Monday, June 20, 2011
8912: B. Smith B Back.
From The New York Times…
B. Smith, a Renaissance Woman, Comes Home
By Lola Ogunnaike
Before B. Smith found success as a fashion model, restaurateur, television host and cookbook author, she was a struggling lounge singer and actress. “I worked all the small clubs throughout Manhattan and the Catskills,” she said. “Anywhere that would have me.”
After a three-decade absence, Ms. Smith recently returned to the stage, starring in the hit Off-Broadway play “Love, Loss, and What I Wore” by Nora and Delia Ephron. Based on the best-selling book by Ilene Beckerman, the play examines the monumental role fashion plays in women’s lives, weaving together tales of Diane Von Furstenberg wrap dresses and frumpy maternity gowns, tacky prom get-ups and classic black turtlenecks.
The show features a star-studded rotating cast (everyone from Rosie O’Donnell to Brooke Shields), and in its most recent incarnation, Ms. Smith joined Anne Meara, Conchata Ferrell, Minka Kelly and AnnaLynne McCord.
“Being on stage at this age, with all that I’ve done, makes me feel like, ‘wow, I’m back home,” said Ms. Smith, 61, perched in her sprawling sun-drenched apartment on Columbus Circle. “It’s where I’m supposed to be.”
Though the women had only a week to rehearse before previews, they quickly grew close. “We’re like a professional sports team in many ways,” she said. “Everybody has their position and we’re really there for one another. It’s a love fest.”
That much was evident at the show’s opening-night party in late April held, of course, at B. Smith’s, her jazzy Southern-themed restaurant in the theater district. As Ms. Smith swirled about in a curve-hugging Herve Leger cocktail dress, cast mates and partygoers marveled at her staying power, her enduring beauty and her uncanny ability for self-reinvention over the years. Asked why Ms. Smith was chosen for the play, Nora Ephron pointed to her and half-jokingly declared, “Um, look at her.”
They’ve been saying that for years. Ms. Smith grew up in rural Pennsylvania, where her multitasking got an early start. “I inherited a paper route, I sold magazines, had lemonade stands, I was a candy striper and into fund-raising,” she said. “I’ve always enjoyed being busy.”
She was also a trailblazer for African-Americans. “I was the first to bring a black D. J. to our school,” she recalled, laughing, about her high school years. “That’s still one of the first things people bring up when they see me at the reunions.”
It was a similar tenacity that led her to become one of the first African-American women on the cover of Mademoiselle, in July 1976. After reading an ad in The Pittsburgh Post-Gazette about a modeling school, Ms. Smith begged her parents, a housekeeper and steelworker, to allow her to attend.
Upon graduating, she moved to New York with dreams of being a big-time model and relentlessly pursued editors for work, at a time when many were hesitant to hire a black woman. “I used to make calls to magazines all the time,” she said, sighing. “I wasn’t discovered. I made them discover me.”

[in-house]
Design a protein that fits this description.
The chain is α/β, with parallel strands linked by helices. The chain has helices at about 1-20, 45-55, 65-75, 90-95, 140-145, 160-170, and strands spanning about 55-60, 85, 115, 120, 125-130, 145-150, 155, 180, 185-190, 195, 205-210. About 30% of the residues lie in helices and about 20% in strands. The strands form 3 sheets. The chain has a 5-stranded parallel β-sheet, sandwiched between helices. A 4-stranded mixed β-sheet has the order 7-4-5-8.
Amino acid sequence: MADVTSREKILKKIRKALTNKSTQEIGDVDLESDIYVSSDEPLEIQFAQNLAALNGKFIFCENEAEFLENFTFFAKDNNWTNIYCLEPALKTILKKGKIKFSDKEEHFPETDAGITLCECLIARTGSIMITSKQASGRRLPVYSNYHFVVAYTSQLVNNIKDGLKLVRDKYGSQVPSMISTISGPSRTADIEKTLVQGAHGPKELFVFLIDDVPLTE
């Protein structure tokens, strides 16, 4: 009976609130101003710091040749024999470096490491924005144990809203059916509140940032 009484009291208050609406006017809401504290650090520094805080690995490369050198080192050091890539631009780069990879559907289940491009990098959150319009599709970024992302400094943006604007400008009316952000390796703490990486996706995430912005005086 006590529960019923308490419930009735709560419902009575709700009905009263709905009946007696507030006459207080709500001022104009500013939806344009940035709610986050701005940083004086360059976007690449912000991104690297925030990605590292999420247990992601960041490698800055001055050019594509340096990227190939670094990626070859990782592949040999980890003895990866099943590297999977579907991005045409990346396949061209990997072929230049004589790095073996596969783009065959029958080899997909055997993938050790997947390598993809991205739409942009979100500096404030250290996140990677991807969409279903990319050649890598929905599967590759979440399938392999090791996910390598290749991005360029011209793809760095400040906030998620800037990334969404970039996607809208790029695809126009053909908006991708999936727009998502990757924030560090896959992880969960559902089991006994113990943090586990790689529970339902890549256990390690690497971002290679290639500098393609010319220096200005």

Landing the Mademoiselle cover brought her steady work in fashion capitals, and for several years this was enough. But Ms. Smith couldn’t quell her entrepreneurial spirit. She’d always enjoyed cooking and hosting dinner parties, so in 1986 she opened the B. Smith restaurant. Two more in Sag Harbor, N.Y., and Washington soon followed.
In 1994, she added cookbooks to her burgeoning business with “B. Smith’s Entertaining and Cooking for Friends.” The glossy tabletop work shared bits of her life, recipes for Southern favorites like pecan pie and tips for the perfect beach picnic. Her second book, “B. Smith Cooks Southern-Style,” released in 2009, offers a healthier spin on calorie-laden classics. “Obesity is killing us in the black community,” she said. “We have to make better choices about what we’re eating.”
Although her return to the stage ended a few weeks ago, this renaissance woman has more than a few projects to keep her on the run. Tour her office, a cozy apartment one floor below her home, and you’ll find copies of her lifestyle magazine (which hit shelves in 1999, a year before Oprah’s), pieces from her home collection for Bed, Bath & Beyond (which started in 2001 and includes duvets and dinner plates) and samples from her furniture line (which she describes as “Afrasian” for its combination of African and Asian influences).
Last year, she branched out into food, with a line of olive oil, now selling in more than 2,000 stores. And later this year, she plans to expand with a jewelry collection. The line will be affordable, “but look expensive,” she said. “I’ve used sterling silver, white topaz, turquoise. These will be feel-good pieces that you can keep forever.”
She also wants to restart her television show, “B. Smith With Style,” which began in 1997 and was broadcast on NBC stations. Through her show, she hopes to spread the gospel of holistic living. “I’m not a perfectionist and I don’t want to force anything on anybody,” she said. “But if I can preach to a few people and they get it, that’s how movements start.”
And, she said, she’d like to appear on stage again in the near future. “I’m sure one of these days I will be inviting you to ‘An Evening with B. Smith,’ because I also want to get back to my singing,” she said. “Betty White is my hero. There’s absolutely no reason to slow down if you can keep on doing your thing.”